Vindication of Christmas

The Vindication of Christmas, 1652, lamenting the prohibition of its “keeping” in England during the Interregnum.

There were three major reasons why the Puritans hated Christmas. Their insistence on scriptural authority cast doubt on its date, as nowhere in the Bible does it say that the Nativity occurred on December 25th. They could only conclude, very reasonably, that some ancient winter festival, the Roman Saturnalia or the Winter Solstice, had determined this date, and that the Christian Church had merely adopted and assimilated it: consequently Christmas was perceived as a pagan holiday with a Christian gloss. Given their mandate to purify the Church of all its non-scriptural “traditions” and Popish trappings, it became a conspicuous target. The third reason was primarily social: the Christmas that the Puritans targeted was “Old Christmas”, or “Merry Christmas”, which they saw principally as a prolonged season–Christmastide, which could stretch beyond the twelve days of Christmas to encompass all of December and January–of disorder, misrule, and excess. In Cotton Mather’s words, the “Feast of Christ’s Nativity is spent in Reveling, Dicing, Carding, Masking, and in all Licentious Liberty….by Mad Mirth, by long eating, by hard Drinking, by lewd Gaming, by rude Reveling…..”.  By the time Mather  wrote this, “Old Christmas” had returned to England with the Restoration of the Stuart monarchy. Salem seems a little behind the times in 1679 when those young men wassailed the Rowdens so crudely; indeed in that same year the government of Charles II begin requesting that the Massachusetts General Court repeal its anti-Christmas law. If the Rowden revelers had been a bit less rude (and much better singers) one wonders if they would have been let off as mere “merry boys of Christmas”, the subjects of a popular British ballad who cast off all constraints in their keeping of Christmas: these Holidays we’l briskly drink, all mirth we will devise, No Treason we will speak or think, then bring us brave mine’d Pies: Roast Beef and brave Plum-Porridge, our Loyal hearts to chear: Then prithee make no more ado, but bring us Christmas Beer!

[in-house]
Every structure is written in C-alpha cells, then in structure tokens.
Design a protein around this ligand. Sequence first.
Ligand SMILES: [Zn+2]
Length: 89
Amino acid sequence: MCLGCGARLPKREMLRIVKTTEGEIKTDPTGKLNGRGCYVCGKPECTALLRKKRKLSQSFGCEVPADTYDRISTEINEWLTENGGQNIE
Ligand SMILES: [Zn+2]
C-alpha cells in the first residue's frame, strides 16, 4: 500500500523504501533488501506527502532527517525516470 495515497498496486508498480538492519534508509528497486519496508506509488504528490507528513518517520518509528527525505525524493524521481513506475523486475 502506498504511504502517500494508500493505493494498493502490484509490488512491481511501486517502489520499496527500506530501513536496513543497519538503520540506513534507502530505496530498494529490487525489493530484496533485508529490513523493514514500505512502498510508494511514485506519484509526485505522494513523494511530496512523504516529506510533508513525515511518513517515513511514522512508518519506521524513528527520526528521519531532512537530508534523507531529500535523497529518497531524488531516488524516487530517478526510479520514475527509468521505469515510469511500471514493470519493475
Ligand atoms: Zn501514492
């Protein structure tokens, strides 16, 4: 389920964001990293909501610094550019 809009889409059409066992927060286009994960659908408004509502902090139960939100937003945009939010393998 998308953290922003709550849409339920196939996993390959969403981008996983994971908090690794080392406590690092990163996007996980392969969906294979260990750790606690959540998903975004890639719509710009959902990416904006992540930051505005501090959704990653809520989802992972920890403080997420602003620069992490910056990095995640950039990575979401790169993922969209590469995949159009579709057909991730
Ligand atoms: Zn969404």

Christmas oldp

Christmas Merry 2p

Christmas merryp

carols

Keeping “Old” Christmas and the “Merry Boys of Christmas” broadside woodcut illustrations from 1680s; Christmas Carols return to Old England at about this time, but New England will have to wait a bit longer.

Dedicated to my friends at the Salem Historical Society and Creative Salem, big supporters of history AND revelry.


Holding the Sun

I suppose I should be writing about the (super)moon, but yesterday I became captivated by the sun: not the real sun, but a stylized image of a sun in the hands of a “medieval” king on a very cool chair by the twentieth-century Italian architect and designer Paolo Buffa. Said chair, with its mate, was featured in the pages of T: the New York Times Style Magazine yesterday, in an article on French designer Vincent Darré’s whimsical Paris apartment. There’s always something that catches my eye in this well-curated periodical, and this weekend it was the Buffa chair, or more particularly the image on the back of the chair: I tried to find its source–to no avail; I suppose Buffa must have sketched it himself–it looks “traditional” and “modern” at the same time, like many of his designs.

Darre apt Buffa Chairs

Darre Study

The Buffa chair in Mr. Darré’s study, in multiples: photograph by François Halard for T: The New York Times Style Magazine.

I love this chair! I want this chair! But I imagine it’s well outside of my price range (a pair of much less distinct chairs is priced at $5500 here), so after considering the style for a while I moved on to the substance. Because of its obvious splendor, the sun has been utilized by kings and queens projecting their power and magnificence from time immemorial and all areas of the world. The sun is generally utilized as a visual reference–either as accessible symbol or allegorical emblem–but it is actually held, or brought to earth, surprisingly seldom. It takes bravado to do that, like that exhibited characteristically by the Sun King, Louis XIV. From early on in his reign he utilized the sun in myriad ways: basking in its beams, driving its chariot, holding and eventually evolving into it. He was identified as the sun by both his supporters and his enemies–among them the persecuted and exiled Huguenots of France who projected him as a sun-inquisitor following the Revocation of the Edict of Nantes in 1685.